Ball briefly worked for WikiLeaks, with Assange as his boss, between late 2010 and early 2011. His departure from the organisation was acrimonious. As we mentioned in Part 1, the Guardian has a shameful record in its treatment of Assange. Ball was always happy to act as chief attack dog for the paper. A piece in January 2018 was titled, ‘The only barrier to Julian Assange leaving Ecuador’s embassy is pride’. Below it were the words, ‘The WikiLeaks founder is unlikely to face prosecution in the US’; an assertion that has clearly not aged well. Ball even made the poisonous assertion that:

most of those who still support Assange are hard-right nationalists – with many seeing him as a supporter of the style of politics of both Trump and Vladimir Putin.

John Pilger described Ball as a ‘despicable journalist’; a ‘collaborator’ with those in power who have been attacking WikiLeaks and Assange. Ball has repeatedly stated that he opposes Assange’s extradition to the US. But for years he depicted him extremely unfavourably, and continues to disparage Assange as ‘a dangerous and duplicitous asshole’ after his arrest.

Writing in the Daily Mirror, ‘centrist’ Labour MP, Jess Phillips, commented:

‘Finally Julian Assange, everyone’s least favourite squatter, has been kicked out of the Ecuadorian embassy and into custody on charges of skipping bail after accusations of sexual violence in Sweden.

‘I am sure we will all miss his speeches from the balcony of the embassy as if he were about to launch into Don’t Cry For Me Argentina.

‘Assange, once beloved for leaking the secrets of global governments, has essentially been reduced to a grumpy, stroppy teenager.

‘He never left his room, thought he was the best thing since sliced bread and had his internet taken away when he was naughty.’

Phillips offered one serious assertion:

‘His arrest ended a seven-year stint in the embassy, which he chose. He didn’t have to stay there…’

The obvious fact that the US superpower really was, all the time, out to get him, strongly suggests he did have to stay there and wasn’t motivated to avoid facing the far less threatening Swedish accusations.

In 2015, Phillips told the Guardian:

The difference between me and some of my colleagues – not all of them – is that I protect myself by shooting things out. So if I see something that I don’t like I will say it. I won’t sit in some little cabal and whisper about it … I will go up to Seumas Milne and say: “Why on earth are you friends with George Galloway? Your personal friendships are fine but if I see you are moving in any way to get Galloway nearer to this party, I’m going to go for you.” I’ll just say that to him.

Phillips has certainly gone for Assange.

Other ‘mainstream’ reaction was a close copy of comments made when Assange first entered the embassy in 2012 (see our media alert, ‘Incinerating Assange’). Despite reports of an alarming decline in his health after seven years trapped in the embassy, journalists mercilessly mocked Assange’s appearance. Ashley Cowburn, political correspondent for the Independent tweeted (and then deleted after we noted them) two pictures before and after Assange entered the embassy, commenting:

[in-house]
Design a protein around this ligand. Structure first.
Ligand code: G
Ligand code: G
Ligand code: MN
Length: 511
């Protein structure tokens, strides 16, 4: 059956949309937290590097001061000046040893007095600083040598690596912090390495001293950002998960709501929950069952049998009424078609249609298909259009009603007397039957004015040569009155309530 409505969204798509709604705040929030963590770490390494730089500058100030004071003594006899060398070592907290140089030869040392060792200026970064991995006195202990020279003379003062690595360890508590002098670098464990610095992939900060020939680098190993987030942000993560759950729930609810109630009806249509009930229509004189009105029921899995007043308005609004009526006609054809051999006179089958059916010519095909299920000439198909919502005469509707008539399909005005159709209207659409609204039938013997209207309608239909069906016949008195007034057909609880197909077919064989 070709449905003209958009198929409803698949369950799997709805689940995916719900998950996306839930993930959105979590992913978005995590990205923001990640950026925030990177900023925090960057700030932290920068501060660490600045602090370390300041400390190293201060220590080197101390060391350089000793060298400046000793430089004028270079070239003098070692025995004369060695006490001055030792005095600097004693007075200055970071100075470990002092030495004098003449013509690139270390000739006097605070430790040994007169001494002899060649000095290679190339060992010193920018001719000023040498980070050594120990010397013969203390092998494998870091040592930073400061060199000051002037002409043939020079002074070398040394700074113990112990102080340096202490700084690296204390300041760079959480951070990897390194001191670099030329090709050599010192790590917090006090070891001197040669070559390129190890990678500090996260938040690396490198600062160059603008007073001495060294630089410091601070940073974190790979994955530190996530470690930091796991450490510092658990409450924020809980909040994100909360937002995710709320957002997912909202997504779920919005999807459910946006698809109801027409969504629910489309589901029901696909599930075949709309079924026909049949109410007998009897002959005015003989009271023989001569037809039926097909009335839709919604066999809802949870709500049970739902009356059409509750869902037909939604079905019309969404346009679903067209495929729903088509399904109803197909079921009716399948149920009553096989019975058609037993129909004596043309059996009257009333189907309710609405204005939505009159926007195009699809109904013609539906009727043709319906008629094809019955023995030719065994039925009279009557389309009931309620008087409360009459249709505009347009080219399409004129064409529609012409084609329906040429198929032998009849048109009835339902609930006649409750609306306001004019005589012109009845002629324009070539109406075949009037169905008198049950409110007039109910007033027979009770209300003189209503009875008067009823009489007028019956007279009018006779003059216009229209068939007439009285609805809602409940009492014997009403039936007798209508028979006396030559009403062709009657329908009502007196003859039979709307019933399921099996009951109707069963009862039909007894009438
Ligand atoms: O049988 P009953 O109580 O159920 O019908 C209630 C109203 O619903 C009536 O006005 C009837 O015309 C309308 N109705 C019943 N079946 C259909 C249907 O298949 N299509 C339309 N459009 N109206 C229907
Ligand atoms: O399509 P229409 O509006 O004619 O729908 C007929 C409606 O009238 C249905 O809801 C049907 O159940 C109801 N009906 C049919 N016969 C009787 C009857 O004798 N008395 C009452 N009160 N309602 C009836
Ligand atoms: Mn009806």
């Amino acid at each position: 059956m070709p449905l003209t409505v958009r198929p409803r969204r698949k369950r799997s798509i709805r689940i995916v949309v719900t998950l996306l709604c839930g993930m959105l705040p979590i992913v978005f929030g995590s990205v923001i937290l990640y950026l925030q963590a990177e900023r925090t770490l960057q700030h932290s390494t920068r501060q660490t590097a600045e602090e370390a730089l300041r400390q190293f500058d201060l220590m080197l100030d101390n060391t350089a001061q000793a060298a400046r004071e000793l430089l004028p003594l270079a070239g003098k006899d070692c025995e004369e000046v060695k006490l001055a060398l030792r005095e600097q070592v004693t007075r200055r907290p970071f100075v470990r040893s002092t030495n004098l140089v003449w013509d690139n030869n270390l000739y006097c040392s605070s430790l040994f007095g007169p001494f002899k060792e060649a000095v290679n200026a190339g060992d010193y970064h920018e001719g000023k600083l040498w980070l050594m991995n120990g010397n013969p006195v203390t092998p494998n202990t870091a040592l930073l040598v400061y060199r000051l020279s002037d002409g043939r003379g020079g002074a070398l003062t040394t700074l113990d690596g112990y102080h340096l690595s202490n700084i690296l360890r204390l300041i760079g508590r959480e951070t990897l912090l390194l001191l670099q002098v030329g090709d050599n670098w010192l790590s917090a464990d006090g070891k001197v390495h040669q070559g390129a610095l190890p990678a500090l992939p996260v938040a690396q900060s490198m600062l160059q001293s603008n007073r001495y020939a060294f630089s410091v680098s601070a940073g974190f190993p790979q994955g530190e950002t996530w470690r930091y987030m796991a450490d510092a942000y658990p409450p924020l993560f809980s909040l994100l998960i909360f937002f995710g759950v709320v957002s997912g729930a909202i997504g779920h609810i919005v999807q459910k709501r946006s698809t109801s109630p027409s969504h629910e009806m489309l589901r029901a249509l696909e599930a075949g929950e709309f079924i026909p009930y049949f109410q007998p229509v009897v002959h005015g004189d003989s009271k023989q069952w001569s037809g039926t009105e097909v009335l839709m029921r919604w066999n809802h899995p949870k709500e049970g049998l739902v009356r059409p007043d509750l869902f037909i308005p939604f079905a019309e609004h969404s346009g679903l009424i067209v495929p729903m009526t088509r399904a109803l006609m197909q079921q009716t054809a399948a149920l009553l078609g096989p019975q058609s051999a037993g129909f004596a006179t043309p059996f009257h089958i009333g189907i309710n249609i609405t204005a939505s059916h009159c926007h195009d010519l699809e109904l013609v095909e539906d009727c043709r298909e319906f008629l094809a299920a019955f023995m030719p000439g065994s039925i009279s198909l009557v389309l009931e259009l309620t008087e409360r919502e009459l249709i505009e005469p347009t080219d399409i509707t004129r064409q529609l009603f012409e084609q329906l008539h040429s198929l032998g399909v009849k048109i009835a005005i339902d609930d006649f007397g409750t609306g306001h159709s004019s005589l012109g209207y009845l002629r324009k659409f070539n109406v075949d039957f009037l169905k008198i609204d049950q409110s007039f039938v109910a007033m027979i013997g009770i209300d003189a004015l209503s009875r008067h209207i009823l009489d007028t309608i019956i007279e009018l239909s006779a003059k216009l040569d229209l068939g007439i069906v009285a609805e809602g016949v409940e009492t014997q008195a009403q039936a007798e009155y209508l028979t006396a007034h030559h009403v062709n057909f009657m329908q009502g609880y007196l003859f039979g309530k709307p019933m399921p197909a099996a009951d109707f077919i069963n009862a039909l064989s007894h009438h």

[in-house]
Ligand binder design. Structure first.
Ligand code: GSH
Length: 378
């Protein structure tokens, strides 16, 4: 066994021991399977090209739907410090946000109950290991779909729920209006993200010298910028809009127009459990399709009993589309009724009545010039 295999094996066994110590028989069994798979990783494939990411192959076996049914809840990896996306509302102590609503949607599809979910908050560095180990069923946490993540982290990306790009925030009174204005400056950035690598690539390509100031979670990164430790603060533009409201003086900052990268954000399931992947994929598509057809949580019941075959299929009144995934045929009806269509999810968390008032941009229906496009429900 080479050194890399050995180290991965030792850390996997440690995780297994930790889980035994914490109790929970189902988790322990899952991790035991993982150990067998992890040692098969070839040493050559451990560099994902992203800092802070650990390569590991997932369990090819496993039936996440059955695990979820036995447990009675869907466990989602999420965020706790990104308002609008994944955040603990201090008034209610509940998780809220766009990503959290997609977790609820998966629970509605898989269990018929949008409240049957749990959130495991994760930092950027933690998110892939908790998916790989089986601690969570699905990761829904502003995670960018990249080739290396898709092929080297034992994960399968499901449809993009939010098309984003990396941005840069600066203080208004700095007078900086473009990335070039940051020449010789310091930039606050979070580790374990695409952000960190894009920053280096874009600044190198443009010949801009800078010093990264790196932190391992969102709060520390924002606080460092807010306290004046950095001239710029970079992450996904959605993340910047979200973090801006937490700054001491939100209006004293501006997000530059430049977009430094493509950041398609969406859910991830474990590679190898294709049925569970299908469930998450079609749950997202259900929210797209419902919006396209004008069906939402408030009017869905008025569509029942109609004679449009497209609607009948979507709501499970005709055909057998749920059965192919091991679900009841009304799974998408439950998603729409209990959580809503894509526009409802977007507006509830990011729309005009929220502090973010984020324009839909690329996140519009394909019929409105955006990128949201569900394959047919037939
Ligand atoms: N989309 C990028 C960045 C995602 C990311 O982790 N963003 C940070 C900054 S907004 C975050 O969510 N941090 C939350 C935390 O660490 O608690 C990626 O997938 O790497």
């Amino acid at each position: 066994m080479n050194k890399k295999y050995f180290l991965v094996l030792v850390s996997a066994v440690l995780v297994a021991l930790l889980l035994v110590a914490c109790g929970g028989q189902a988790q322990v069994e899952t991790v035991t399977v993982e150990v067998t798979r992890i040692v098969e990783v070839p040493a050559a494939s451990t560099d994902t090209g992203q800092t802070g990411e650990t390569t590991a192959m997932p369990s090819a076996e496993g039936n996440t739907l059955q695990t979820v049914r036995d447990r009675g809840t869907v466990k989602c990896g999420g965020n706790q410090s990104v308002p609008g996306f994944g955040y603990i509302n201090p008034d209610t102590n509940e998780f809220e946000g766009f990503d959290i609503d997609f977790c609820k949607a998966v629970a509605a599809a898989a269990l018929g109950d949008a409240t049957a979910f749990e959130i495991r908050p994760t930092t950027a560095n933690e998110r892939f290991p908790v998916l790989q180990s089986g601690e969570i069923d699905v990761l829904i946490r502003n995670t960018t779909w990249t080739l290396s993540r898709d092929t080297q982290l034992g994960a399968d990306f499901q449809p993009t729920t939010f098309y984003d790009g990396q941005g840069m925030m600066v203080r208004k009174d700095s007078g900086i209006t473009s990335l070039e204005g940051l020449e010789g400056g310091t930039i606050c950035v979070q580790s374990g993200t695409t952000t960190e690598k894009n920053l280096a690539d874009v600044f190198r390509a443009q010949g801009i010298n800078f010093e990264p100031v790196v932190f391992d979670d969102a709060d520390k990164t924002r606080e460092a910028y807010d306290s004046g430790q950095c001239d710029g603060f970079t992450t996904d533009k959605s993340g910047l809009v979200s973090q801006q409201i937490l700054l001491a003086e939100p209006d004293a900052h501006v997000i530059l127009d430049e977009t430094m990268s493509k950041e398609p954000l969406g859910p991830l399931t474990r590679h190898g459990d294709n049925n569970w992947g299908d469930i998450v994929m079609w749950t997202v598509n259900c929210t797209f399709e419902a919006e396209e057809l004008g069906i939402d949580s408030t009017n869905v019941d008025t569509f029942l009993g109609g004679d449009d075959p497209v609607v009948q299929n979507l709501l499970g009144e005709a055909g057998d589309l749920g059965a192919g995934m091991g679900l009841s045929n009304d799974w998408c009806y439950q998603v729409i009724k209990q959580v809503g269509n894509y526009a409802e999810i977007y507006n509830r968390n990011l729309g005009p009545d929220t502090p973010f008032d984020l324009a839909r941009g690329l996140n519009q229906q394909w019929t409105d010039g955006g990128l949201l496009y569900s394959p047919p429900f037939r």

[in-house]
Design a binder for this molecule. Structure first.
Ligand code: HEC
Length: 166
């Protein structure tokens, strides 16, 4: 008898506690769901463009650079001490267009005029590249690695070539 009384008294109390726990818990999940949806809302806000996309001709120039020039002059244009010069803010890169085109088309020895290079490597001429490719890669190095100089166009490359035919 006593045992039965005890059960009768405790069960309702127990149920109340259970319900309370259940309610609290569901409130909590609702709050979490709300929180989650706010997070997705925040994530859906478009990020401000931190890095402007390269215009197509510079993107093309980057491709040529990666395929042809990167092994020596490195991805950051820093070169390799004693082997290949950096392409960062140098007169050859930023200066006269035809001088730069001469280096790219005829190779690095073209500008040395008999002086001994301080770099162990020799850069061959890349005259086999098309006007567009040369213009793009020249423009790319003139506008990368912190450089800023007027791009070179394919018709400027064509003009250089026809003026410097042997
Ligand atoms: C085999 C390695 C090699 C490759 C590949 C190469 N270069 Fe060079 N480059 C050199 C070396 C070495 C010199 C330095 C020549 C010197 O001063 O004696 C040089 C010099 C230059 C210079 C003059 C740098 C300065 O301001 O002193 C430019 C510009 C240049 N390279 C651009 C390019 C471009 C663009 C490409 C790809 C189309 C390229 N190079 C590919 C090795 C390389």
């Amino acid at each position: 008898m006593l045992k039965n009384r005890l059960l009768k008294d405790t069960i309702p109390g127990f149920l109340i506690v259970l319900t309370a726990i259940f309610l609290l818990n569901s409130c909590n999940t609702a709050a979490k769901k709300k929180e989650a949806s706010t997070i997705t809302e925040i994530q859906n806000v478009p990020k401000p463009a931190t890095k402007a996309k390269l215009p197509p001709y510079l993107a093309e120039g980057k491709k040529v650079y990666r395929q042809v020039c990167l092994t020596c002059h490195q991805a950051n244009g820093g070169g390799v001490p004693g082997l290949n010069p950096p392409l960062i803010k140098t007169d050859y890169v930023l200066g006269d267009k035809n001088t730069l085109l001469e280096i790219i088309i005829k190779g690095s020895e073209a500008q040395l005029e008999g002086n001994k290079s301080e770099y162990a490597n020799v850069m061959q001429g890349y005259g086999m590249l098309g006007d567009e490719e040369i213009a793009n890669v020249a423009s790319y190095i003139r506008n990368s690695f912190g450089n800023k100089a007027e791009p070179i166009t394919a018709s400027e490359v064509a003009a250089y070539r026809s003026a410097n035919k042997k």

‘Political journalists pre and post-Brexit.’

David Aaronovitch of the The Times‘ 101st Chairborne ‘Humanitarian Intervention’ Division, tweeted with the same compassion that guides his relentless warmongering:

‘I see Tolstoy has just been arrested in central London.’

Jessica Elgot, political editor of the Guardian, joined the fun:

‘Apparently Julian Assange’s internet access has been cut off since March so he probably thinks we’ve left the EU’

Journalist Chris Cook, formerly of BBC’s Newsnight and the Financial Times, referenced an elderly, bearded character from the BBC sitcom, Only Fools and Horses:

‘Justice for Uncle Albert.’

ITV Political Editor, Robert Peston, formerly BBC Business Editor, retweeted an image of Christ with his hand raised in blessing paired with a photograph of Assange making a ‘victory sign’ from inside a prison van. Side-on, Assange’s gesture bore a vague resemblance, but Christ was assuredly not signalling ‘V’ for victory. Like so much ‘mainstream’ humour, the tweet was embarrassingly unfunny, strangely callous.

The Daily Express devoted a whole article to comedy takes of this kind:

‘HILARIOUS Julian Assange memes have swept Twitter in the wake of the Wikileaks founder’s arrest including one he tried to pass himself off as Uncle Albert from Only Fools and Horses – here are the best ones.’

As noted in Part 1, in the real world beyond the media crèche, a medical doctor who examined Assange in the embassy, commented: